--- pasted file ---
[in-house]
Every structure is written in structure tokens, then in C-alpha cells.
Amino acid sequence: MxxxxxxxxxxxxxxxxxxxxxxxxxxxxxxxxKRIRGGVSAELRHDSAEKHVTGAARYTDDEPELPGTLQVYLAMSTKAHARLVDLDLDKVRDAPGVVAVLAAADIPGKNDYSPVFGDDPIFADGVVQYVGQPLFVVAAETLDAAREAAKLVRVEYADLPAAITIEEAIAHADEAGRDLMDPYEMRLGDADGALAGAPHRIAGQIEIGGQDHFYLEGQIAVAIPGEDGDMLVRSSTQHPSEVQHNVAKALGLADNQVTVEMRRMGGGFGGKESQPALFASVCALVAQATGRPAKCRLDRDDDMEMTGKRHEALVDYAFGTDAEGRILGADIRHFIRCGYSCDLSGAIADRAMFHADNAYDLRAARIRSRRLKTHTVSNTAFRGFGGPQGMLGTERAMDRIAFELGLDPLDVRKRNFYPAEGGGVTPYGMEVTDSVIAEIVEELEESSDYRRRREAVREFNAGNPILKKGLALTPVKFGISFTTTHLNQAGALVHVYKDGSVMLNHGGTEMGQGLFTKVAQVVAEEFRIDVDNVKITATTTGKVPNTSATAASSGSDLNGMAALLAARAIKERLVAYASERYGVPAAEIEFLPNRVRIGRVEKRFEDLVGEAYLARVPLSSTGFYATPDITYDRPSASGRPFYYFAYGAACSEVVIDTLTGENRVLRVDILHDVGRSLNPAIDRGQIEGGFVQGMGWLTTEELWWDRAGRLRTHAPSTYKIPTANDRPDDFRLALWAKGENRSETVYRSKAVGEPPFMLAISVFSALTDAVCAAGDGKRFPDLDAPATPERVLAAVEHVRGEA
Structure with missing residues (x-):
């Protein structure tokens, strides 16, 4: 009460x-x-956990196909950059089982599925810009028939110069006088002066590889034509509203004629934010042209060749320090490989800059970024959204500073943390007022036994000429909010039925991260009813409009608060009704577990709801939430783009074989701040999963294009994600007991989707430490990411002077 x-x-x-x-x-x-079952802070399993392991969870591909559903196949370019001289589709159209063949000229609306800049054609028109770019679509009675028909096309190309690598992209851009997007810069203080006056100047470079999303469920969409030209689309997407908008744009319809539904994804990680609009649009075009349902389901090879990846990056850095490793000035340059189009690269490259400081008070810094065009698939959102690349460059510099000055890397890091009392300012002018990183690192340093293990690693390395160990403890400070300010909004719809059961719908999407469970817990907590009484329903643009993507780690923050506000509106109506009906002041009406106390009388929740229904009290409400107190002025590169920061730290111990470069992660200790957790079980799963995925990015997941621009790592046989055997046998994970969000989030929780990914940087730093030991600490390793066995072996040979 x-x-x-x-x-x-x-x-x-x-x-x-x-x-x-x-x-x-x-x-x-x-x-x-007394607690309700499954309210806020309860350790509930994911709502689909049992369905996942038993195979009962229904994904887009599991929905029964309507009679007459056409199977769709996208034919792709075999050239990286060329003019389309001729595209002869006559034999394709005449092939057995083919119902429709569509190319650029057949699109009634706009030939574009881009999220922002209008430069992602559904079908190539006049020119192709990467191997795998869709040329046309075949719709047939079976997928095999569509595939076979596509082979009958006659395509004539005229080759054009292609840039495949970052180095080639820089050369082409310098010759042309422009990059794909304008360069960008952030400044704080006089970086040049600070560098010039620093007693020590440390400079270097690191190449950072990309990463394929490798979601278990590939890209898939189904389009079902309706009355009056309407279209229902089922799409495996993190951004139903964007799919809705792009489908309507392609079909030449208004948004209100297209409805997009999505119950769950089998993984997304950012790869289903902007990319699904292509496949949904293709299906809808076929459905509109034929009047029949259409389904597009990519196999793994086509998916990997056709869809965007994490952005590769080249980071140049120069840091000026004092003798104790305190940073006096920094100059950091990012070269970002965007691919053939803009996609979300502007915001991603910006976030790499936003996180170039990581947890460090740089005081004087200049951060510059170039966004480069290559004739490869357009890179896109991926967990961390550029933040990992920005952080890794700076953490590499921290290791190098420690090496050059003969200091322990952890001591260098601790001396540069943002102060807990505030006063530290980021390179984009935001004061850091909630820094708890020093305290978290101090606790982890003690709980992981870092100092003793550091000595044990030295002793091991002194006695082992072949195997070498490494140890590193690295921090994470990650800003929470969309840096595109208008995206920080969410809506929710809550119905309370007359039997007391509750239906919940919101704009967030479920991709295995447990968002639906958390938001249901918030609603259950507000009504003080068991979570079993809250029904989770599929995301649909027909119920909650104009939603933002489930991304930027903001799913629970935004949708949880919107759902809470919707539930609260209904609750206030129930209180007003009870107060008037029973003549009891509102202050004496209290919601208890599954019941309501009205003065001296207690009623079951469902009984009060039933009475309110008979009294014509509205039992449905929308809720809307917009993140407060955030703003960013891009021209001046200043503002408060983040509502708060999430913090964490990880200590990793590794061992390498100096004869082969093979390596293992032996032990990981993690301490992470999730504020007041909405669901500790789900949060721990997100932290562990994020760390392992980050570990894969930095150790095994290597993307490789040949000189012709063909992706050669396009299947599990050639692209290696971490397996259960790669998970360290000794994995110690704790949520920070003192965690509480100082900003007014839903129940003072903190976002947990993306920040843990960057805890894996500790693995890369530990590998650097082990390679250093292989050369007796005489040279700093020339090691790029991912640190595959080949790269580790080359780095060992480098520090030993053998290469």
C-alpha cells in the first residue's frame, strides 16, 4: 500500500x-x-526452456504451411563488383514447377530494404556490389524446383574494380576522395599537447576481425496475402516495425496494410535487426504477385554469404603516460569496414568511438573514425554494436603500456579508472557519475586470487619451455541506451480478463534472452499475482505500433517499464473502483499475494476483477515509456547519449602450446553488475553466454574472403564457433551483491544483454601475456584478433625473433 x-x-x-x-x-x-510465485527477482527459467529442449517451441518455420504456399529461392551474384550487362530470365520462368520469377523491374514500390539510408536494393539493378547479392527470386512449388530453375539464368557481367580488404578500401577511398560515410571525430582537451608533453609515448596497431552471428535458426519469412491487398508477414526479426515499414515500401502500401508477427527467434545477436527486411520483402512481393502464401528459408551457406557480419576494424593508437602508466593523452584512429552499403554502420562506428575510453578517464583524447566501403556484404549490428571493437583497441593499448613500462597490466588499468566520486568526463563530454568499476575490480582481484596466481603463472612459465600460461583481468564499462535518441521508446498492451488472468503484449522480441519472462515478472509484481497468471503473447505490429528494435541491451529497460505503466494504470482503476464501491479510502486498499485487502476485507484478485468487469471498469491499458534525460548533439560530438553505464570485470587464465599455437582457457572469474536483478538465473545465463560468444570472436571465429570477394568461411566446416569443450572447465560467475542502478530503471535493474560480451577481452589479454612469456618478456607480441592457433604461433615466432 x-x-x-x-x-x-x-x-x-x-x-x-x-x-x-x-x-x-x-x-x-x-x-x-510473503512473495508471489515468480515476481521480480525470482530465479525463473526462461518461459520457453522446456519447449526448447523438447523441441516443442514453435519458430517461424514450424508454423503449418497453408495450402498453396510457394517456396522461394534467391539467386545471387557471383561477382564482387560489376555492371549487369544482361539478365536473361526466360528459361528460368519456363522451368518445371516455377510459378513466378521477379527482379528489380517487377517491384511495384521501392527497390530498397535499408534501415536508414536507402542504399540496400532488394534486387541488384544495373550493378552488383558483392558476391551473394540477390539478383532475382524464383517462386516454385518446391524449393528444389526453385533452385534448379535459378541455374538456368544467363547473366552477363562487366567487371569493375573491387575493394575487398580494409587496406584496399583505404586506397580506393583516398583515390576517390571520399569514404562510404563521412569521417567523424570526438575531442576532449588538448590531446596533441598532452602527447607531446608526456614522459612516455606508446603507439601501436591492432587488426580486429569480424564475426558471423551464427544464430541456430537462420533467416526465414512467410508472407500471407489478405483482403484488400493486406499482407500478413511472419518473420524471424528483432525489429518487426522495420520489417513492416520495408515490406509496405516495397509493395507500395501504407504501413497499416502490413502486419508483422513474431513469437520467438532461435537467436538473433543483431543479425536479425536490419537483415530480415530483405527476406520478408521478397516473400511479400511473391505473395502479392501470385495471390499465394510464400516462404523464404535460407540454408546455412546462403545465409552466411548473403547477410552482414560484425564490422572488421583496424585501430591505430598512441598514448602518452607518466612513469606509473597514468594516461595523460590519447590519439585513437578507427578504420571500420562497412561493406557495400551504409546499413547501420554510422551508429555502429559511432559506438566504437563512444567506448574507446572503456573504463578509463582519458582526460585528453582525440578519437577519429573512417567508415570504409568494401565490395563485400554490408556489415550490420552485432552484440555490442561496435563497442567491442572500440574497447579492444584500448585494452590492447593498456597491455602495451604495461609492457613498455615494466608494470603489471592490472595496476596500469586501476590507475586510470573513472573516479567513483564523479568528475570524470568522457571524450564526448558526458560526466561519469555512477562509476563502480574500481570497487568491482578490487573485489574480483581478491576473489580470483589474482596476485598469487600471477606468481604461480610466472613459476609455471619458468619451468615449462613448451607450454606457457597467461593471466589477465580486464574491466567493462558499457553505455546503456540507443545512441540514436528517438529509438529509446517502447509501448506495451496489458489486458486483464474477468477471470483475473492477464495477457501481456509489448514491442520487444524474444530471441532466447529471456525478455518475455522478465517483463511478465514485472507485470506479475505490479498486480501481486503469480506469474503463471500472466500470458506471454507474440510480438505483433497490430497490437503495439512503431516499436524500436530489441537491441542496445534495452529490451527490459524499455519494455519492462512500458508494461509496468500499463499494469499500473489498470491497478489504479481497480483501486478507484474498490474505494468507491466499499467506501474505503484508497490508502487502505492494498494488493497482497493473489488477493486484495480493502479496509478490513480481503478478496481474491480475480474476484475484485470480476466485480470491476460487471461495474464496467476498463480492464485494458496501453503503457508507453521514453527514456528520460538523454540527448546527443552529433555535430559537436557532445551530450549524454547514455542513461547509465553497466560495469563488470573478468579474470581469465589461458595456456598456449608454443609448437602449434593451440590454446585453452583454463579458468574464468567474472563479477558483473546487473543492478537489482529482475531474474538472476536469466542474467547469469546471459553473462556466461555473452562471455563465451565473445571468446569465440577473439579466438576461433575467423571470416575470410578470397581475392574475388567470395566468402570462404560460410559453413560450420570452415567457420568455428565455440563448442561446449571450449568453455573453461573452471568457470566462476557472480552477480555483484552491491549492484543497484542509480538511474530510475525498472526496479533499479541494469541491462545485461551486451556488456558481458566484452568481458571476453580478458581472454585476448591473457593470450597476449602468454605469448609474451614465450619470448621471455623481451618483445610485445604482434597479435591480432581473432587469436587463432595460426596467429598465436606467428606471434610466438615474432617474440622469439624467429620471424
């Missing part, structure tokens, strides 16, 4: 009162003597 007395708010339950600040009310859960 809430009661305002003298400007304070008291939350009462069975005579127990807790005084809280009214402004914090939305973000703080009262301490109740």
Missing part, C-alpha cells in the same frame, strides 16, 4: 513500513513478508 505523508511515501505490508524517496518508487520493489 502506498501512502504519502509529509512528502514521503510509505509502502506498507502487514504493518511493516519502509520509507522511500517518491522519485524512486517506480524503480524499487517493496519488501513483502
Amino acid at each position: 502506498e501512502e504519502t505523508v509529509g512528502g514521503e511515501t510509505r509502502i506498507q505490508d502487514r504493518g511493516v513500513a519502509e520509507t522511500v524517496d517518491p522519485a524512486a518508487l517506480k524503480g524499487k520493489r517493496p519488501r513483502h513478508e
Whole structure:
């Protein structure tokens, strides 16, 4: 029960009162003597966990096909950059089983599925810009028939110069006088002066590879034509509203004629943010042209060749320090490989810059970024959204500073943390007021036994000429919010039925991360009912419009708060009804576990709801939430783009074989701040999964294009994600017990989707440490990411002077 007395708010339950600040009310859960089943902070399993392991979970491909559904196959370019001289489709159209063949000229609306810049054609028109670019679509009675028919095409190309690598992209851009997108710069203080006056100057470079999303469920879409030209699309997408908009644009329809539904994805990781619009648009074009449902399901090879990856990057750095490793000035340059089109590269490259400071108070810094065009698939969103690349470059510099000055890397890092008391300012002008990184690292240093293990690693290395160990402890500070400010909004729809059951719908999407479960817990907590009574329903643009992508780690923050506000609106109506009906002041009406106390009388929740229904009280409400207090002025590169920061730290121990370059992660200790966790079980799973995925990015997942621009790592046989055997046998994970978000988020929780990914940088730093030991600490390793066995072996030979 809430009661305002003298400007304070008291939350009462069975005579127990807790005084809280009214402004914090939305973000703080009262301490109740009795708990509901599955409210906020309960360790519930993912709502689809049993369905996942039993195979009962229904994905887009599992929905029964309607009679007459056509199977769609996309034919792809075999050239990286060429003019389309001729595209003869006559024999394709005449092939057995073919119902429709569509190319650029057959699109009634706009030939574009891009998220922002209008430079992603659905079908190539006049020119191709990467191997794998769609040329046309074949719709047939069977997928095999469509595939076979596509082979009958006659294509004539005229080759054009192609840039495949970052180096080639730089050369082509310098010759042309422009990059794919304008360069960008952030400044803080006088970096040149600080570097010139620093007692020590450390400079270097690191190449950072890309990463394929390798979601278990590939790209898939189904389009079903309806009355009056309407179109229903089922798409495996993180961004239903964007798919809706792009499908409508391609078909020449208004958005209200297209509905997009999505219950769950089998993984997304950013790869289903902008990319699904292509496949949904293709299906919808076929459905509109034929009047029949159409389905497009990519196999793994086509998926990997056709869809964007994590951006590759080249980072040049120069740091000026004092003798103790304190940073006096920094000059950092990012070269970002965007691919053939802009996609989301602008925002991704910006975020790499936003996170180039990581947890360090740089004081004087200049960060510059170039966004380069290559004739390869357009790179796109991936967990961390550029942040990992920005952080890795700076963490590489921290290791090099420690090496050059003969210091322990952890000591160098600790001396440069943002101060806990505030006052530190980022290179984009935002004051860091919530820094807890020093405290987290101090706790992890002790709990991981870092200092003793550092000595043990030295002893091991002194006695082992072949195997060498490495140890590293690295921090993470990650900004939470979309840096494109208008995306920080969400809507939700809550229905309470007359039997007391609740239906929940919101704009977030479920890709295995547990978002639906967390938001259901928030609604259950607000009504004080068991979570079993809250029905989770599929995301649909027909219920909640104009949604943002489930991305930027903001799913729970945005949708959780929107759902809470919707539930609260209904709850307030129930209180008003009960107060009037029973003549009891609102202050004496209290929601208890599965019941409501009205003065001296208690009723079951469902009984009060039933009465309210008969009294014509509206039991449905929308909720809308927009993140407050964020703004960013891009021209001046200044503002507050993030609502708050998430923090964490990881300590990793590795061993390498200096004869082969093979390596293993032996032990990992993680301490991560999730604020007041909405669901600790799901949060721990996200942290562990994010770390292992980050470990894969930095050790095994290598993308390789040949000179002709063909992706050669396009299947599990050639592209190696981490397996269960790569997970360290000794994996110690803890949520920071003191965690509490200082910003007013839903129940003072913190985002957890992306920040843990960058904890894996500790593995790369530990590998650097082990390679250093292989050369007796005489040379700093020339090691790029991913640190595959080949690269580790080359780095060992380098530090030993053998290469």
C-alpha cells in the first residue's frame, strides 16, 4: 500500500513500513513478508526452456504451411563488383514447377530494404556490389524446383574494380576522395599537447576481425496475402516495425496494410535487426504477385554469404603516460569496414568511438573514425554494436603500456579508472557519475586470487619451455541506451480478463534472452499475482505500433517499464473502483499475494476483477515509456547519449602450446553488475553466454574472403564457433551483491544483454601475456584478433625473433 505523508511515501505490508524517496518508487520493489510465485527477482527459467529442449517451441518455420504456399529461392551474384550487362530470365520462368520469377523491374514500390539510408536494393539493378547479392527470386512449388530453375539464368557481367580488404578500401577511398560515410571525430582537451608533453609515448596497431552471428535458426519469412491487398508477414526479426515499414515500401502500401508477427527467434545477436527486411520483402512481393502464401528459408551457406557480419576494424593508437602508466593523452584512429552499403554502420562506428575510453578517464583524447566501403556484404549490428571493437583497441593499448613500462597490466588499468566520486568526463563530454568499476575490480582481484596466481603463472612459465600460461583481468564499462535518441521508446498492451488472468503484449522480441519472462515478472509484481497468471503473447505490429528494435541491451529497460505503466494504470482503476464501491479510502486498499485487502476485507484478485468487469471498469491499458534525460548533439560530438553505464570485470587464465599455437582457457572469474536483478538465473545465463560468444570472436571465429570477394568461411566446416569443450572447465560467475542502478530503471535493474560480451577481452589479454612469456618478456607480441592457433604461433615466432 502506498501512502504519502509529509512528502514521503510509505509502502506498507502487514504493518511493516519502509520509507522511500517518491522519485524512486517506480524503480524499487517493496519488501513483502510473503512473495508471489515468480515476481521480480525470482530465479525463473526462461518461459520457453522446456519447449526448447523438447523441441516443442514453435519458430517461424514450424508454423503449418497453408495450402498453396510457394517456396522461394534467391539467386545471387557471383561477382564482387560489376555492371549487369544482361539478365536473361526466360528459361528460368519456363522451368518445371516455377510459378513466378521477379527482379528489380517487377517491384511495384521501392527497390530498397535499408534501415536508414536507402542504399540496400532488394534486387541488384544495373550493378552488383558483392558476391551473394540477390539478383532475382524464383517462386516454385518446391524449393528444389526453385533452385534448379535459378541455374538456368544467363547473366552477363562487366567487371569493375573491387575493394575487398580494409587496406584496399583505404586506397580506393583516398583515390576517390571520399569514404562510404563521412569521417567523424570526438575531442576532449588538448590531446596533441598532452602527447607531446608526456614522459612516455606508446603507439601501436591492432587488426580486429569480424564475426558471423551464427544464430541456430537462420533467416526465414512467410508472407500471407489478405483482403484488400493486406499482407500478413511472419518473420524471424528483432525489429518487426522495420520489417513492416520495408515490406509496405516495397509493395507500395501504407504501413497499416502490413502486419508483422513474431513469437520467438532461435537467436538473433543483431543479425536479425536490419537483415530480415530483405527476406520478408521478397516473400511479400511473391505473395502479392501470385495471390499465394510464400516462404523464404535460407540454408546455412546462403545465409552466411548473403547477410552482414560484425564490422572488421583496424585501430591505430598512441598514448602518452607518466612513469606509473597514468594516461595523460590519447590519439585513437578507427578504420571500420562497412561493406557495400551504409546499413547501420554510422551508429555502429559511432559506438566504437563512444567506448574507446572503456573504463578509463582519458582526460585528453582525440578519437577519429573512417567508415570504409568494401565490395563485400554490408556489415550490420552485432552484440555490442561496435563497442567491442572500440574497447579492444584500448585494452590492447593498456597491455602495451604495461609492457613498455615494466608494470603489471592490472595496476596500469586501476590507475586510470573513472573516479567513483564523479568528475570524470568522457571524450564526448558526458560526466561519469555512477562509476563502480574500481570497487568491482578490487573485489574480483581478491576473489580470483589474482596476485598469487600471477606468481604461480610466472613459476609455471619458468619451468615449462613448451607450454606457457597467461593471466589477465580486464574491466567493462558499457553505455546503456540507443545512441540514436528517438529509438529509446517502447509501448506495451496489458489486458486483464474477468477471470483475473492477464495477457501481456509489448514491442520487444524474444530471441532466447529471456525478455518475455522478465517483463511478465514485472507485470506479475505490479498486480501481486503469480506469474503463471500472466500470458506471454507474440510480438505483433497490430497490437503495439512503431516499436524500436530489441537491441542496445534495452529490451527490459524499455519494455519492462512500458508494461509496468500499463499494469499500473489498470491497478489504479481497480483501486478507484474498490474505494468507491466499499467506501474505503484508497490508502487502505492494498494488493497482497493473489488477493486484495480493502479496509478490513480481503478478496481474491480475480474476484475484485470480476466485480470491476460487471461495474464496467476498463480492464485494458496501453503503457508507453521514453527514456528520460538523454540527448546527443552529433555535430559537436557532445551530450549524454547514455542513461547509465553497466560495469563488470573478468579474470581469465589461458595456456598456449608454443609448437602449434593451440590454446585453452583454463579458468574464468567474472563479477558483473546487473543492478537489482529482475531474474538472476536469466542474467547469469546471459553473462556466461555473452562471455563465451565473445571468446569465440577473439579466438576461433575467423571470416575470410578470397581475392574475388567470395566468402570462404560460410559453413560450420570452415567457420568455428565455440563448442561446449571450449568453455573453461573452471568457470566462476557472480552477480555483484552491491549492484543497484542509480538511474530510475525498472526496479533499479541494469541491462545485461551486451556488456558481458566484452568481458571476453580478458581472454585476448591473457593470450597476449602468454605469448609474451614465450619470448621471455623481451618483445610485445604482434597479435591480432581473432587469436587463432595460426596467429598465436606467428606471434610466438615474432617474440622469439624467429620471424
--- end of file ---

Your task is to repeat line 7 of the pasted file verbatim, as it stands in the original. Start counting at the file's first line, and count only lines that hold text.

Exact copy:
């Missing part, structure tokens, strides 16, 4: 009162003597 007395708010339950600040009310859960 809430009661305002003298400007304070008291939350009462069975005579127990807790005084809280009214402004914090939305973000703080009262301490109740």